A judge has ruled that photos can’t just be lifted from Twitter users’ pages, but apparently embedded tweets are in a convenient loophole. What to do?
Lately it’s seemed like pictures are worth way more to people than a mere 1,000 words.
In a time when folks are still on edge about Instagram’s terms of service and Facebook has made it easier than ever to dig up photos you thought were long buried, the last thing we all needed was a controversy over photos on Twitter. And yet…
Last week, Agence-France Press (AFP) and The Washington Post were dinged by a Manhattan district court judge for using photos they had scalped from Twitter. They argued that, since Twitter is allowed to post a “reproduction” of a user’s photo, they should be able to too. The judge disagreed.
But what about embedded tweets?
After the ruling, BuzzFeed’s John Herman reported: “Twitter tells BuzzFeed that embedded tweets — that is, tweets that are embedded into the site using Twitter’s official embed tool — fall under Twitter’s reposting rights, as outlined in its terms of service.”
Indeed, Twitter’s terms of service indicate that posting a photo grants the company “a worldwide, non-exclusive, royalty-free license (with the right to sublicense) to use, copy, reproduce, process, adapt, modify, publish, transmit, display and distribute such Content in any and all media or distribution methods.”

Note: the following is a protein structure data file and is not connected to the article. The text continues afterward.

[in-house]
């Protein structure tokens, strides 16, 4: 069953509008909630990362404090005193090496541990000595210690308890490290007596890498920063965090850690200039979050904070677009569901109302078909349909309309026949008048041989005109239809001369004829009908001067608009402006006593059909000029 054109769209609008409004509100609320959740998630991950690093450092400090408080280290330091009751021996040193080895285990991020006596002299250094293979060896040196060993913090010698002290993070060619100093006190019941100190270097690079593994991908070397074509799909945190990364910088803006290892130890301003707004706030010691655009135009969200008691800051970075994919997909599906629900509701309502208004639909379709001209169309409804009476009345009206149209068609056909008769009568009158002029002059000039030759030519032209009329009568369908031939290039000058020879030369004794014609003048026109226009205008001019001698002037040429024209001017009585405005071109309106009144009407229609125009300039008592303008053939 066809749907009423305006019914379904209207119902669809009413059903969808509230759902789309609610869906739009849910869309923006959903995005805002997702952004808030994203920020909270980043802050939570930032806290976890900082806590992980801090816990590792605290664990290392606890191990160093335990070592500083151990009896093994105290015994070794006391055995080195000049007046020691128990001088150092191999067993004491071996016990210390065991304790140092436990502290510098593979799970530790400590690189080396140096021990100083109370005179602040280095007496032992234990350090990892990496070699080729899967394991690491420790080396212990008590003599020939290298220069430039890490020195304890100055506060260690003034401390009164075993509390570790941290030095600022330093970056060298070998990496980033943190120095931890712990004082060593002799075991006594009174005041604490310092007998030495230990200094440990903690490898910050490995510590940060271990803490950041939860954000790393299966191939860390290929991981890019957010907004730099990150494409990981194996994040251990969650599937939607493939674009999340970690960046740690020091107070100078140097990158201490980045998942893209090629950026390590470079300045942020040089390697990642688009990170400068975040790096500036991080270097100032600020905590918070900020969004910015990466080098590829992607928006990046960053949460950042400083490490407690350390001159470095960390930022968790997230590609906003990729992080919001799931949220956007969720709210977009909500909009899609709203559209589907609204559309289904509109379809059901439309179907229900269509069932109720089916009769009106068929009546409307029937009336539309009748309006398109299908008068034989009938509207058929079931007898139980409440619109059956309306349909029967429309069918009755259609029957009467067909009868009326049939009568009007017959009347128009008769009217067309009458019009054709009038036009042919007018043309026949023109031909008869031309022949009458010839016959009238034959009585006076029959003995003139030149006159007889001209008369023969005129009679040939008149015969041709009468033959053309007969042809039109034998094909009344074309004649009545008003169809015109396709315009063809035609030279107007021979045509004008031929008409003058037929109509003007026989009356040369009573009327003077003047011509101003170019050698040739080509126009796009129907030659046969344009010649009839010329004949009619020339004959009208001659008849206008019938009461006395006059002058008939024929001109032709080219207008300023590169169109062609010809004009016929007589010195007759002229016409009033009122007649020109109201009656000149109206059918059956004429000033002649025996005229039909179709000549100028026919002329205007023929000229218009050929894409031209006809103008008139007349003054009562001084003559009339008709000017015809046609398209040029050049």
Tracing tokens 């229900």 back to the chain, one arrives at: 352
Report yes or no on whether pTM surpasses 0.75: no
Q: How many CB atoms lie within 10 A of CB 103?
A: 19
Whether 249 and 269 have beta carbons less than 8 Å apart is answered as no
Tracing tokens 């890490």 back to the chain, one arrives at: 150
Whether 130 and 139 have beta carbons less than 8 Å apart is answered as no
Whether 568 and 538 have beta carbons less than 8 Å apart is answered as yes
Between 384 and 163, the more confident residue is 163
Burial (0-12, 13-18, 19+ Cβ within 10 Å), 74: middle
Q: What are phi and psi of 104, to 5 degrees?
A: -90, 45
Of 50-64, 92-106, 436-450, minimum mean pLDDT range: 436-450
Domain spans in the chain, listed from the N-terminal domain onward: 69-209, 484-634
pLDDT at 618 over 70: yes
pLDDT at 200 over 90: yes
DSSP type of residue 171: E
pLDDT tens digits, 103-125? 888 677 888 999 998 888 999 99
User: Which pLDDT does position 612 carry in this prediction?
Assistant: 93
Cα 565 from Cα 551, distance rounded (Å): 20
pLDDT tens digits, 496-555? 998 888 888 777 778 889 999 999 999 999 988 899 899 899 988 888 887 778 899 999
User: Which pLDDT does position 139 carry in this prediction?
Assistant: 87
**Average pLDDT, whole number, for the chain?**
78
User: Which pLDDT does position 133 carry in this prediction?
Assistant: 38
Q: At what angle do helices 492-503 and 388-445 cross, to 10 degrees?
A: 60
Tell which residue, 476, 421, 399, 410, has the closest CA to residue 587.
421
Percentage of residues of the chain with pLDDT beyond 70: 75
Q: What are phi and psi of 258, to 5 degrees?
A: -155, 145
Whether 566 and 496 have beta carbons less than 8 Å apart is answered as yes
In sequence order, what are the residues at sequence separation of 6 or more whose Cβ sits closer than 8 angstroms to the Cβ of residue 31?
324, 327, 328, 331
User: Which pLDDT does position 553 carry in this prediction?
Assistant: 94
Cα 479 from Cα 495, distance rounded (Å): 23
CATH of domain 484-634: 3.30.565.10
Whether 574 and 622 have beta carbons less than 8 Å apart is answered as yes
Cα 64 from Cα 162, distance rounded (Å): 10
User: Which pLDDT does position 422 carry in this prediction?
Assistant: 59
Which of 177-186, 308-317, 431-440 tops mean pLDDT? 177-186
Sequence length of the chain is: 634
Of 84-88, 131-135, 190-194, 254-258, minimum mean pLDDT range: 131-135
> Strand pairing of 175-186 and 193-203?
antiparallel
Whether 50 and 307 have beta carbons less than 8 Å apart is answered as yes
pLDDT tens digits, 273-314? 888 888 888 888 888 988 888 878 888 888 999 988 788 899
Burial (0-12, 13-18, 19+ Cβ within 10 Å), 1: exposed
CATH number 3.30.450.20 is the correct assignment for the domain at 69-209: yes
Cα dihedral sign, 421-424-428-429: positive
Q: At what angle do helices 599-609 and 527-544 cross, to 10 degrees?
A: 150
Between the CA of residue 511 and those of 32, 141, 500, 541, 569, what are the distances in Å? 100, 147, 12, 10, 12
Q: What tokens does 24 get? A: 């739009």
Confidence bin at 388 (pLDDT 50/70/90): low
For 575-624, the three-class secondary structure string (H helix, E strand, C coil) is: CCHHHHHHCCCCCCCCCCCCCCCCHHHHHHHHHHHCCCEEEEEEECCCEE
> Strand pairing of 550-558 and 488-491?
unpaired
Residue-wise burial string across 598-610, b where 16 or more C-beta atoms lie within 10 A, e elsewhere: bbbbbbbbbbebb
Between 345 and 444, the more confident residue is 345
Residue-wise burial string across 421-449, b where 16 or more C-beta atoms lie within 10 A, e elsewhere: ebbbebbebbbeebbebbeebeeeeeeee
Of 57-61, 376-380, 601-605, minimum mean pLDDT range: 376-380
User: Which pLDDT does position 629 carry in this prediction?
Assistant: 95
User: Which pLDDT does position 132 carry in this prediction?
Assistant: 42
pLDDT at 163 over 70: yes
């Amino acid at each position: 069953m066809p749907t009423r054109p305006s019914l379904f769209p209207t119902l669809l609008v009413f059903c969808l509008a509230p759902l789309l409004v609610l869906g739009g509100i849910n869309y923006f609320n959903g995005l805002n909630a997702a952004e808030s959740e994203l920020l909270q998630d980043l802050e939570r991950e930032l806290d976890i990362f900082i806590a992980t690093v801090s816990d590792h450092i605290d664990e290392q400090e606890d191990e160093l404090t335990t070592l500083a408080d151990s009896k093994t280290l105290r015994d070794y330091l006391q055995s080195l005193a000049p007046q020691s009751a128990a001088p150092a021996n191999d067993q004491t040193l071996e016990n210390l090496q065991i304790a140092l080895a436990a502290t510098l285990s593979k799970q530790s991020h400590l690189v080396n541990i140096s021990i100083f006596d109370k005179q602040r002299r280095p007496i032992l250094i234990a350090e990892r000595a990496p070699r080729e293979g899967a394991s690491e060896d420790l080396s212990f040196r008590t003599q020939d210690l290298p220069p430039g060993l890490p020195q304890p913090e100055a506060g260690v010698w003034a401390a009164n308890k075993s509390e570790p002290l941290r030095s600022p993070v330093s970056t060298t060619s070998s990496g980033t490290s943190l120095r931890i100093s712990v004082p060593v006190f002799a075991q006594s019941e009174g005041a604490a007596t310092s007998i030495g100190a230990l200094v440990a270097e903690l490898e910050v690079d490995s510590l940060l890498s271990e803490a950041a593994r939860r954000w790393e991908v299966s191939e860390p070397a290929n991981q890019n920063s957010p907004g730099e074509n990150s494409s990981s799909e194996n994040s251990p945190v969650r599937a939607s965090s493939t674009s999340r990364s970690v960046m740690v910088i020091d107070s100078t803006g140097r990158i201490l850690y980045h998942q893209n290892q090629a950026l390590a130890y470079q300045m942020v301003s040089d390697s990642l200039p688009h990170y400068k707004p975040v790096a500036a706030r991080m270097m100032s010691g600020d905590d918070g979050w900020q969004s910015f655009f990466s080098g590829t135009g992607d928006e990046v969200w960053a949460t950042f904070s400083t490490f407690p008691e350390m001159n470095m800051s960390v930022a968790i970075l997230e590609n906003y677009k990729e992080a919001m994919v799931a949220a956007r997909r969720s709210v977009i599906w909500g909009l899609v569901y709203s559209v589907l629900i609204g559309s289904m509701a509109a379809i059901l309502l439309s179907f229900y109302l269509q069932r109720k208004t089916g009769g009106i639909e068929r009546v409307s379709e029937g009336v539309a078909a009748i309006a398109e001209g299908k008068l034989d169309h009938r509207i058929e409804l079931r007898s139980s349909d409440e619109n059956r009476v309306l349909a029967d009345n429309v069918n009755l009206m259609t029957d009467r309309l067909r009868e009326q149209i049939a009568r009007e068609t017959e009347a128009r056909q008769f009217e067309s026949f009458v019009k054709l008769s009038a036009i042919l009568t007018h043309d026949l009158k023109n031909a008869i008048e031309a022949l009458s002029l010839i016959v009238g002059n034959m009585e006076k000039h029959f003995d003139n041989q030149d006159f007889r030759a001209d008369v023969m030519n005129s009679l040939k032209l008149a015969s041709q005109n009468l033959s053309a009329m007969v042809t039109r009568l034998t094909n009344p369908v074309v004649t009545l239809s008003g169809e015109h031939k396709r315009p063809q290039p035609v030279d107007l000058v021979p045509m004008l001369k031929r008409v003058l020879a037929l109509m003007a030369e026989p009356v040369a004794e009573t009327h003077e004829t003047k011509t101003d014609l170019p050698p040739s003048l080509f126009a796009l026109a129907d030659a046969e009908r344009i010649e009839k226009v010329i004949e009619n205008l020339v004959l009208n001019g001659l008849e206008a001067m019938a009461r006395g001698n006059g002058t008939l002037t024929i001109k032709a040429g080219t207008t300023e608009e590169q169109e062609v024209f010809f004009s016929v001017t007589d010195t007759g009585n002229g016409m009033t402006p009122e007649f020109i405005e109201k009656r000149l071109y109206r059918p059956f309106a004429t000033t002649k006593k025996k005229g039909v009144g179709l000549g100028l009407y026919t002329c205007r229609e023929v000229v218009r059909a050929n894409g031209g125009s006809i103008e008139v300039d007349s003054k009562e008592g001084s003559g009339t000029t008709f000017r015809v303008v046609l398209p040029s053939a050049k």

In other words, if AFP were to embed a tweet using Twitter’s embed tool, it wouldn’t be publishing the photo per se, but rather utilizing Twitter, which has a standing agreement with the user for display of that photo.
In the end, it is still the unremunerated use of a photograph owned by another, without securing the owner’s permission, by a for-profit company. Twitter doesn’t care, given that it seems to accord with its TOS, but the photographer still hasn’t agreed to a relationship of any sort with the media company.
And it doesn’t matter.
Upon reviewing Twitter’s terms of service, Mitch Stoltz, staff attorney at the Electronic Frontier Foundation, told the Daily Dot that using Twitter does in fact give the world permission to embed your photo. So what can you do?
“The solution, as far as the law goes, is not to post images to Twitter if you don’t want them embedded elsewhere—instead, maybe host your images on your own site, with your own more restrictive terms of service, and tweet a link to the image rather than uploading the image to Twitter. Then Twitter’s TOS would not apply to the image.”
Photo by Urban Hafner/Flickr
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